That’s how lucky I was to have these seldom opportunities.

In these few Photo Jobs, I use the Diana Multi Pinhole, I will keep my mouth shut about how the photo looks, you see it yourself in the link. There aren’t many chances to take photos commercially with pinhole cameras. May I take this opportunity to thank Director Heiward Mak, and Editor NOVA.

7. Why do you like making your own pinhole cameras, and where do you get all the inspirations?

I guess there is a certain geniality to the object when you DIY, right? Since 1998, I have been making cameras with wood, metal, paper. Recently, I am carrying a 35mm film can everyday, going into supermarkets or department store measuring boxes! Inspiration should come from life!

8. What are you doing now? Any future plan/s?

Another thing that I have always wanted to keep doing is the duck camera in many more cities. I mean I’d like to fly to some European or Asian countries, buy a local duck from their markets, then roast the duck in hostel and make the duck cam to photograph their chinatown. Anyone know air ticket sponsors pls hook me up.

In a month’s time, I’m learning how to make roast duck from cooking class. Hopefully I can graduate from it. :)

9. You will be hosting a Pinhole Workshop on April 25th, sharing your experience in pinhole photography, can you give us a sneak peek?

Actually, I’d rather call it ‘share my experiences’ than tips and tricks. :) Basically, i will show some works by different artists including mine, talk about how they do it and hopefully can inspire our participants. There are more in this workshop, but I’d like to keep this part for the participants on the day itself!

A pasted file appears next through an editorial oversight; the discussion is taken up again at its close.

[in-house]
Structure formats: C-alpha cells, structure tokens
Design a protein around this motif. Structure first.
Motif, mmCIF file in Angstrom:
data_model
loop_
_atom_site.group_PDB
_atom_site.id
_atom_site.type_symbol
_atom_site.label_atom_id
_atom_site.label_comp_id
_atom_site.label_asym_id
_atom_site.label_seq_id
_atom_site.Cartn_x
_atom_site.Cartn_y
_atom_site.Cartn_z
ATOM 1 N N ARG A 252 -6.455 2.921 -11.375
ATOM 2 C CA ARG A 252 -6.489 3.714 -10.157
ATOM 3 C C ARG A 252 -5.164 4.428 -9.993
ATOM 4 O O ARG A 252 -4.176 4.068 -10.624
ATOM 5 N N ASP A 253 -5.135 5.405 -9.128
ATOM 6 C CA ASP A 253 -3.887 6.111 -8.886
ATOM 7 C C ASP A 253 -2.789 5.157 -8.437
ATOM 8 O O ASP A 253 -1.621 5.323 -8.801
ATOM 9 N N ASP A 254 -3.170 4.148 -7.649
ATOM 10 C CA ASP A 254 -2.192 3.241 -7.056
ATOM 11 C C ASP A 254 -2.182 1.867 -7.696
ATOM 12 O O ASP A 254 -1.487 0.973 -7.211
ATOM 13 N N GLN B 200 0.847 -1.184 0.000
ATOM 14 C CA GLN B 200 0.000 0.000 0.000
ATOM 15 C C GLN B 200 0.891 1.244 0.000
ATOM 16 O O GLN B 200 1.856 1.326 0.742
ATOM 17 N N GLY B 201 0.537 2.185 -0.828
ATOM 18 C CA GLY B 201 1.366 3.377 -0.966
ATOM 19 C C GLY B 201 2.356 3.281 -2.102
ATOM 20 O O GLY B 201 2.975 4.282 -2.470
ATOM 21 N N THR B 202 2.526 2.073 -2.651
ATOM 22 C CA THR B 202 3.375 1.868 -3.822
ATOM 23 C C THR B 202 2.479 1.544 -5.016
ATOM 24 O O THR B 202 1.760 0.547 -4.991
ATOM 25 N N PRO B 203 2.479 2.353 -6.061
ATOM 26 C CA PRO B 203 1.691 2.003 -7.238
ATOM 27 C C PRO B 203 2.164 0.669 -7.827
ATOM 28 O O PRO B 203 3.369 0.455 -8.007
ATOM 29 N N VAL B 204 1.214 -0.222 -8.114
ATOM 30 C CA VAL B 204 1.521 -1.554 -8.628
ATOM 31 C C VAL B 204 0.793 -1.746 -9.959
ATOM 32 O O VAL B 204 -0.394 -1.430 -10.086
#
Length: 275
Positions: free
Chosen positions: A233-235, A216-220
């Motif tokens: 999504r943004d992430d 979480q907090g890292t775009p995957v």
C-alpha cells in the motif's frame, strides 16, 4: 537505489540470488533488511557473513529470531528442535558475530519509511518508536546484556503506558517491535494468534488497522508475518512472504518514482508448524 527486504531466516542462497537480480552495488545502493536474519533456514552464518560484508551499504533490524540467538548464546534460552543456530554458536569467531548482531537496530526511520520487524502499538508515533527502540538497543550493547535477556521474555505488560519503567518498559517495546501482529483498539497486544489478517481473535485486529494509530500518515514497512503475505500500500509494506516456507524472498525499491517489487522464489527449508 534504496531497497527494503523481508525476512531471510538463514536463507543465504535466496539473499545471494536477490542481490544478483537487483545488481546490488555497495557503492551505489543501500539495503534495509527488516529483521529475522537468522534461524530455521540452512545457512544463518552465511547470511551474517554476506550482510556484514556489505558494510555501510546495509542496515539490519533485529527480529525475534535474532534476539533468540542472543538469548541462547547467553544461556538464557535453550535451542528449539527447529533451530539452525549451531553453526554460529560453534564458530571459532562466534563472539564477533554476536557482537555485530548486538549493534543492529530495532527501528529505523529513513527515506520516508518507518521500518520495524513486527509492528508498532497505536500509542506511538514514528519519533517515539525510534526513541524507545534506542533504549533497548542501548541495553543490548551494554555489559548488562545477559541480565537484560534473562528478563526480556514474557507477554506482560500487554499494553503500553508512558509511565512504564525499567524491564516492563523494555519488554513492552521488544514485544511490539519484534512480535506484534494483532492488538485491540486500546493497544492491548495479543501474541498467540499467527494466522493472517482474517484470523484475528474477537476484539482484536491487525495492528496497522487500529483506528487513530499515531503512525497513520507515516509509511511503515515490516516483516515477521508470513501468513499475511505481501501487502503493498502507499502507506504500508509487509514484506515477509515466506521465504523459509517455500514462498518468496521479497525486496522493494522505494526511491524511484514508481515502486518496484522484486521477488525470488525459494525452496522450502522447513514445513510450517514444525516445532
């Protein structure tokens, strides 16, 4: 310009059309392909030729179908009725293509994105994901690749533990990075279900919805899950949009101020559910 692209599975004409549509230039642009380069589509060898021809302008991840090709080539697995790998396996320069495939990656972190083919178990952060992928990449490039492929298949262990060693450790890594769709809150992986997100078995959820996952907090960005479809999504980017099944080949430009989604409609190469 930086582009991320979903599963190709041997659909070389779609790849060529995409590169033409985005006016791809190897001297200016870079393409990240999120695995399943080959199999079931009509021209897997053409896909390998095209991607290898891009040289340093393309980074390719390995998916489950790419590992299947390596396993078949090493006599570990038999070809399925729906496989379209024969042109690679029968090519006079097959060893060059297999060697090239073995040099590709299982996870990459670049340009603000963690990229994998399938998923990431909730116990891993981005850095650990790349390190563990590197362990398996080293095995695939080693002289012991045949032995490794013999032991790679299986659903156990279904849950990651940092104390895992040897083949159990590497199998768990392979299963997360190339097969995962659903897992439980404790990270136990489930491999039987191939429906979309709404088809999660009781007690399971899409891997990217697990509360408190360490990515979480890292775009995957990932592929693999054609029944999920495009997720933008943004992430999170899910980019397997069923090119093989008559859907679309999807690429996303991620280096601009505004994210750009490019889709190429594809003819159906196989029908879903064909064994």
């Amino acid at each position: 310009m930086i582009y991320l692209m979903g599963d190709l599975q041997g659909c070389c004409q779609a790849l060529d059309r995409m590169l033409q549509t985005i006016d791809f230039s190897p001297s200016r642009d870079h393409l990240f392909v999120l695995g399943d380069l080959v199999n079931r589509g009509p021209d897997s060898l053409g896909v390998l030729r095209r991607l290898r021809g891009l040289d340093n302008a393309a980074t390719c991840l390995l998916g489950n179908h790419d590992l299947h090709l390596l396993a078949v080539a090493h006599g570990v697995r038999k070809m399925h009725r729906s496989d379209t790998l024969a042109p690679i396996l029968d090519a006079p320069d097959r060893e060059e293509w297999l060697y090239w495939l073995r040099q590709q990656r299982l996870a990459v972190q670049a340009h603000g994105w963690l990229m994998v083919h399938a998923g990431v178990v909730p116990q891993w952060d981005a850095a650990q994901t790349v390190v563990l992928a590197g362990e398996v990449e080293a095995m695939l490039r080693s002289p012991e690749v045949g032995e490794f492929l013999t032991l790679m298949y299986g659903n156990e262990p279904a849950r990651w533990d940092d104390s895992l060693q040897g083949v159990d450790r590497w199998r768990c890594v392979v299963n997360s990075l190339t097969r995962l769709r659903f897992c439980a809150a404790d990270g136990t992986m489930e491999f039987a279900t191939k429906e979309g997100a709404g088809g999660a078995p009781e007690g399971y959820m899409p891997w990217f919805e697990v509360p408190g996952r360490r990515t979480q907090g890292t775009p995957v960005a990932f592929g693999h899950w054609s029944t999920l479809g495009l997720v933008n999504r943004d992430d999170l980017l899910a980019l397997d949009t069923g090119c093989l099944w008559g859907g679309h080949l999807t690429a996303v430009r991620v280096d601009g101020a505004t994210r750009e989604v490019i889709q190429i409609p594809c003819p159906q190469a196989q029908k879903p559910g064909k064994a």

Hotel Rooms

10. Any tips for our aspiring pinhole Lomographers?

Oh! My theory is already in the 10 Lomo golden rules: Bring your camera everywhere you go! Forget about the rules!

I use them everyday. :)

Thank you Martin, and our friends from Lomography Asia who facilitated these great insights!

written by kazarareta on 2010-04-22 #news #pinhole #hong-kong #squares #martin-cheung #pinhole-masters-and-magic


  1. lawypop
    lawypop ·

    Very inspiring! Amazing stuff from a simple pinhole..DIY somemore

  2. mephisto19
    mephisto19 ·

    soooooooo mayn and sooooo good photos! wow! impressive!

  3. stouf
    stouf ·

    Wooo he's a master for sure ! All the shots are very impressive ! And I love this idea of seeing pinhole photography as meditation... Brilliant !

  4. panelomo
    panelomo ·

    wow - you deserve an applause, man!

    ... now i want a pinhole.

  5. elletra
    elletra ·

    great interview and photos! :D

  6. coca
    coca ·

    this pictures are amazing!! love how he use the lawypop said, is very inspiring!

  7. xbalboax
    xbalboax ·

    wow amazing interview and even better shots!! what an inspiration!

  8. disdis
    disdis ·

    The pictures are so great that I had no time to read the text....

  9. kutshie
    kutshie ·

    This guy is the pinhole god! Really like his work, makes me want to go outside and pinhole everything!

  10. renaishashin
    renaishashin ·

    The master of Pinhole photography! Very inspiring! You're my idol! Haha!

  11. mcyc
    mcyc ·

    Dear All,
    This is Martin Cheung, I m very glad to receive such honor from you guys.